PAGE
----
by Liz Highleyman
This article appeared in the 28 January 1999 issue of the Bay Area Reporter.
On January 20, U.S. District Judge Lowell Reed began hearings in Philadelphia on the Child Online Protection Act (COPA). The law -- informally known as CDA II after the original Communications Decency Act, which was ruled unconstitutional by the Supreme Court in June 1997 -- is intended to restrict minors' access to sexually explicit material on the Internet.
The Supreme Court ruled that the orginal CDA was overly broad. The new law imposes a narrower standard of "harmful to minors," and applies only to commercial websites (not, for example, chat rooms and e-mail). Operators of websites that offer sexually explicit material would be required to verify that those accessing their sites are at least 17 years old, for example by means of a credit card or "adult ID" verification system. Violators would be subject to a $50,000 fine and six months in prison.
A coalition of plaintiffs filed a suit challenging the law on October 22. The plaintiffs include the American Civil Liberties Union, the Electronic Frontier Foundation, A Different Light gay bookstores, the condom retailer Condomania, the *Philadelphia Gay News*, *Salon* online magazine, and the Internet Content Coalition, a group of 23 online publishers including the *New York Times,* Playboy Enterprises, and MSNBC. In November, Reed issued a temporary restraining order blocking enforcement of the act while the trial is underway.
The plaintiffs assert that the "harmful to minors" wording is too vague and has no accepted definition. They also argue that credit card verification system are unwieldy, expensive, annoying to consumers, and rife with security concerns. Tom Reilly, founder of the gay interest website PlanetOut, testified that mandatory credit card verification would "cause a drastic fallout in our traffic." Author Lawrence Madig testified that existing filtering software already allows parents to regulate what their children can access online.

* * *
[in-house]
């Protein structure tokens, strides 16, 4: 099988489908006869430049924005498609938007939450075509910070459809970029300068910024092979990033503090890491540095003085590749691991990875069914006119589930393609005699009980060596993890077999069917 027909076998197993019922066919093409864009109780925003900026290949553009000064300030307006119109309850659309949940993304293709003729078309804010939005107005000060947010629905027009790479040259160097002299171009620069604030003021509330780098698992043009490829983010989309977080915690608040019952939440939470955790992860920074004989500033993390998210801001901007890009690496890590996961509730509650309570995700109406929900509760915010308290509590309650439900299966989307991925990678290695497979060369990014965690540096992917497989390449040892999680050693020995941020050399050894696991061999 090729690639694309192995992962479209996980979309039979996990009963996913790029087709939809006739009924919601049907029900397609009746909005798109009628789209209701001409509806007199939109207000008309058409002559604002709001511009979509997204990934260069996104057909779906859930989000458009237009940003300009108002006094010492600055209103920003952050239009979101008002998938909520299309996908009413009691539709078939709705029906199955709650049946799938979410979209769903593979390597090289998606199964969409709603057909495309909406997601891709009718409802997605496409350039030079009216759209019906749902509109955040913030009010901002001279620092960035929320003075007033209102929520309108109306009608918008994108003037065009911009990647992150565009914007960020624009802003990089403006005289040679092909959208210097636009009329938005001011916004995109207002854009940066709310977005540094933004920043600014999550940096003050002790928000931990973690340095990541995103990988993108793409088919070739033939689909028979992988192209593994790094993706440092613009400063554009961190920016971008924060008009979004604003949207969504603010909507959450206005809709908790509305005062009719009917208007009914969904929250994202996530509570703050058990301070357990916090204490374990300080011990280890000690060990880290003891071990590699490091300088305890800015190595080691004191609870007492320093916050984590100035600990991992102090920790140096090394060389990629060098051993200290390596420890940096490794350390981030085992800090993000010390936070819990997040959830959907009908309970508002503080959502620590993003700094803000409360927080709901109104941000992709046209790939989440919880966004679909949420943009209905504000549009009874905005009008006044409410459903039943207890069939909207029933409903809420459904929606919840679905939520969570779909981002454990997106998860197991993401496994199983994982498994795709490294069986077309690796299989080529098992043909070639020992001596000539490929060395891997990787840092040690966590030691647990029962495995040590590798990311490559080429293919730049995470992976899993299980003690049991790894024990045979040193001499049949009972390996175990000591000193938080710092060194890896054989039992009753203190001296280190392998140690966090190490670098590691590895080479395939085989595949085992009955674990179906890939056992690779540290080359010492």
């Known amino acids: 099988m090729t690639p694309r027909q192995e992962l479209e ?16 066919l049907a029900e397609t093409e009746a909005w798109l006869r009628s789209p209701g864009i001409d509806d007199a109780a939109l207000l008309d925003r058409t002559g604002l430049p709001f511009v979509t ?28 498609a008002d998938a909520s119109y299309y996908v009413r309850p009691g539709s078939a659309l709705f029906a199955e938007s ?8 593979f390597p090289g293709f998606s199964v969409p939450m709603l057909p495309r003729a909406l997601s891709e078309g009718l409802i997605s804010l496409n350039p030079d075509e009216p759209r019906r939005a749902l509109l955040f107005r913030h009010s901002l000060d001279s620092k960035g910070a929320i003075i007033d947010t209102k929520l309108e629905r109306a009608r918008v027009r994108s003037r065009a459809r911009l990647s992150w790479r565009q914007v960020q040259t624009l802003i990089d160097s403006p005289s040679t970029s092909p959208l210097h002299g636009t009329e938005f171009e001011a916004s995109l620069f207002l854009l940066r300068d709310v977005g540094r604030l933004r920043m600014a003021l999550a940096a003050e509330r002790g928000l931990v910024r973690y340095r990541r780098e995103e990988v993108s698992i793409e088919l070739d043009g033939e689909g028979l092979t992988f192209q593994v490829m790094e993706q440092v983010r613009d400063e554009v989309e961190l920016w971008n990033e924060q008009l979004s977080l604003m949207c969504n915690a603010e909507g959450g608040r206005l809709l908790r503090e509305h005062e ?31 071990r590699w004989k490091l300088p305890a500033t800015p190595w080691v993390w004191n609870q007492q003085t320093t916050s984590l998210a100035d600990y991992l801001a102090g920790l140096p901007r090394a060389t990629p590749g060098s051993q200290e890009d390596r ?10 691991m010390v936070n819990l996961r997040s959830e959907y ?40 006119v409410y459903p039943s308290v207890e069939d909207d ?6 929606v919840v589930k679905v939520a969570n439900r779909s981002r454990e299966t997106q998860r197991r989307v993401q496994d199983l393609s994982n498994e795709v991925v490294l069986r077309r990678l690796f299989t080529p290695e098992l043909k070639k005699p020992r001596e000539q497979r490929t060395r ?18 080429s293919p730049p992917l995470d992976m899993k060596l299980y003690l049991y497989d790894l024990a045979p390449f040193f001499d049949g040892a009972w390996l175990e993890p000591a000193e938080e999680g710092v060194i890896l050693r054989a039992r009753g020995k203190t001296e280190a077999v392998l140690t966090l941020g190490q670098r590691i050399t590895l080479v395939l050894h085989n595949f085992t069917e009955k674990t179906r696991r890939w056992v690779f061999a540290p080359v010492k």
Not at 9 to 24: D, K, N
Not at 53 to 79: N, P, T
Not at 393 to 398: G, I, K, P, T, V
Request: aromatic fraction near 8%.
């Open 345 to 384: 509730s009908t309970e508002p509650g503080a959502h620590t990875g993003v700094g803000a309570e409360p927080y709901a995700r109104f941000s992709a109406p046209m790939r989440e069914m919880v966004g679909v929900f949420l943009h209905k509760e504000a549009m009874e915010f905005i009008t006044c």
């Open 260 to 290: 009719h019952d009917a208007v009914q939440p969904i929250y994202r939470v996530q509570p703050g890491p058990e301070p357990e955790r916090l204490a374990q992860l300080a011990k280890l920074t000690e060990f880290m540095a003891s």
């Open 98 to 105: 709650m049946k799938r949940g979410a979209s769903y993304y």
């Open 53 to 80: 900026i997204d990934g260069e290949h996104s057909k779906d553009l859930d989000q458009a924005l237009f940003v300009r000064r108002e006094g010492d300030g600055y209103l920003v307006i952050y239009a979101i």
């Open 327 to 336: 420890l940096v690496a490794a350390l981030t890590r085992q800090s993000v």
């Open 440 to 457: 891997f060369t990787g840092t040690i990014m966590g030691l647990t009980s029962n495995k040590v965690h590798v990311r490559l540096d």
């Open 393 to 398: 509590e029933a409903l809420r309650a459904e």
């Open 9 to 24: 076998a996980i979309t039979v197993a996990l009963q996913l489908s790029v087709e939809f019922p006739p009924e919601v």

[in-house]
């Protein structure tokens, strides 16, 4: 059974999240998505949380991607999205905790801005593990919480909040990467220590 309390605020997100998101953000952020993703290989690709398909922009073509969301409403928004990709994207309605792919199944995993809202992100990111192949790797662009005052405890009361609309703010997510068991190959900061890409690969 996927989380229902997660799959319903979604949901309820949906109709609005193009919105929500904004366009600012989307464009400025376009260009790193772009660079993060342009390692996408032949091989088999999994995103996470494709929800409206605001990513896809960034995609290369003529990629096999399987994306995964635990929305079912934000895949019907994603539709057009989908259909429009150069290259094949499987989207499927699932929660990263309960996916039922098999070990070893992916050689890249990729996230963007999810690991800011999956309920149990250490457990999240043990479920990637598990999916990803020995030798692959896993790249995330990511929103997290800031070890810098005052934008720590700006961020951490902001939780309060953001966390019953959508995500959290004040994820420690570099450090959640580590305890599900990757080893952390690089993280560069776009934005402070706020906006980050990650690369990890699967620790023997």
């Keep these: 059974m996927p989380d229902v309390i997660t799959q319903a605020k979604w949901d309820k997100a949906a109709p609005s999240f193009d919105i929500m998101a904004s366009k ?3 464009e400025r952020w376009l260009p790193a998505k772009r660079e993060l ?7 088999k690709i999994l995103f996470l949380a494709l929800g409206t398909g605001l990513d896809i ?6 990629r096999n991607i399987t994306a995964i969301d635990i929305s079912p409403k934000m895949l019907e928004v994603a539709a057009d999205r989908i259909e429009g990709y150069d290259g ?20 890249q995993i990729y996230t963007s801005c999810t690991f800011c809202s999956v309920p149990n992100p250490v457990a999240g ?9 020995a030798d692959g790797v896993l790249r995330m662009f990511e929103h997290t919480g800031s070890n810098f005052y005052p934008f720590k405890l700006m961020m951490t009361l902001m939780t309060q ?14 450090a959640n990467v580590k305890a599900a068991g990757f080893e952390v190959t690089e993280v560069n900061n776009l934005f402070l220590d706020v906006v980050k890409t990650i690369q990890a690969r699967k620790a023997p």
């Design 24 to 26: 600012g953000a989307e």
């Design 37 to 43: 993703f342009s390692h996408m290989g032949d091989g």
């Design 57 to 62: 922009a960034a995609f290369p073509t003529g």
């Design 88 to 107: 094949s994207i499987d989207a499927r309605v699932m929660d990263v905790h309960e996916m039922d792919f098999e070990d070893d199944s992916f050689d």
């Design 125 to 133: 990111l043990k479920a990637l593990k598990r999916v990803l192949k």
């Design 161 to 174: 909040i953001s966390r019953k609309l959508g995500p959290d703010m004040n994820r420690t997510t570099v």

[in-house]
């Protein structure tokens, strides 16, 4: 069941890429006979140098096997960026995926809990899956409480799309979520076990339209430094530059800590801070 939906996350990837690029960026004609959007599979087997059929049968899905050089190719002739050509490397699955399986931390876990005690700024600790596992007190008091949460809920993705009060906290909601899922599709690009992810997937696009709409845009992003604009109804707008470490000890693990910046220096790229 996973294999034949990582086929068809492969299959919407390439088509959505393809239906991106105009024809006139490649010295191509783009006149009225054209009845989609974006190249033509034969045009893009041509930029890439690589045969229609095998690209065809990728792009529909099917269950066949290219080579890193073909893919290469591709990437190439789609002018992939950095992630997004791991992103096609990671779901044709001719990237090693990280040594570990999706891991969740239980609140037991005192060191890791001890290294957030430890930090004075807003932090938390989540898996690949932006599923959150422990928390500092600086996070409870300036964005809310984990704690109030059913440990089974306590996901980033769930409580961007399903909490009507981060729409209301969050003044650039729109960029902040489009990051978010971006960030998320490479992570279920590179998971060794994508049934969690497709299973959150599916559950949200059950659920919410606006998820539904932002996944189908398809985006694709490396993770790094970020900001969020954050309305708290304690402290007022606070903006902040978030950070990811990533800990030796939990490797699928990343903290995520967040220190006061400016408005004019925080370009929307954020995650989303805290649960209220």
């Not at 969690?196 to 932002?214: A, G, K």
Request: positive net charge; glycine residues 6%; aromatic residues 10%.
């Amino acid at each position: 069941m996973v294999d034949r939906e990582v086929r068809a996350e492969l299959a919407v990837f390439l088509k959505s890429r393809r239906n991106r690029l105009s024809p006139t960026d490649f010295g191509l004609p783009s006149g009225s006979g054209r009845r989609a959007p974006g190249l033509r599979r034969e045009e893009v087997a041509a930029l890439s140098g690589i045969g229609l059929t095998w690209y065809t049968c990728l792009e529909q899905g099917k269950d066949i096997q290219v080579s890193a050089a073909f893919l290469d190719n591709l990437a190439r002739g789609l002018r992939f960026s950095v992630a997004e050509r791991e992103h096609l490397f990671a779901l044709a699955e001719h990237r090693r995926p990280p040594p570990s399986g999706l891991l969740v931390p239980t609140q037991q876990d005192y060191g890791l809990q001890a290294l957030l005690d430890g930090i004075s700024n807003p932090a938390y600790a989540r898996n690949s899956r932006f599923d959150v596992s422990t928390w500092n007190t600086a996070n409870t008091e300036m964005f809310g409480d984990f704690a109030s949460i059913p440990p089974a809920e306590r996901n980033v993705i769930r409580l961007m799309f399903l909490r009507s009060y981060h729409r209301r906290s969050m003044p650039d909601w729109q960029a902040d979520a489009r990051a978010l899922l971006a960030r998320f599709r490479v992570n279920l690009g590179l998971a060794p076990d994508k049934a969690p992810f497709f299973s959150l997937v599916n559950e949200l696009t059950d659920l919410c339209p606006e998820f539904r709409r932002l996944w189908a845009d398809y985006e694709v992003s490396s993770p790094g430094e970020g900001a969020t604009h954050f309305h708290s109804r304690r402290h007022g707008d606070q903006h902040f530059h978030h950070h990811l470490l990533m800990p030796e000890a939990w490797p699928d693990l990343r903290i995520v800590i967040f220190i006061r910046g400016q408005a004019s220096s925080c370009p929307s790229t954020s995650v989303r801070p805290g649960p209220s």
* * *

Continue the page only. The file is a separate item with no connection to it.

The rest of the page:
The lawsuit hit a snag last week when some of the plaintiffs asked that the hearings be closed to the public because some of the testimony regarding the cost of verification systems might reveal confidential corporate financial information.
The Justice Department contends that the law will only limit minors' access to explicit material, and will not present an undue burden to adult consumers or to website providers. Proponents of the law point out that restrictions to protect minors are already imposed on other media (for example, an after 10 pm rule for explicit radio and television broadcasts, and opaque paper wrappers for explicit magazines displayed on newsstands). COPA supporters are particularly concerned about websites that offer free "teaser" material before customers are required to enter a credit card number.
The trial is continuing this week.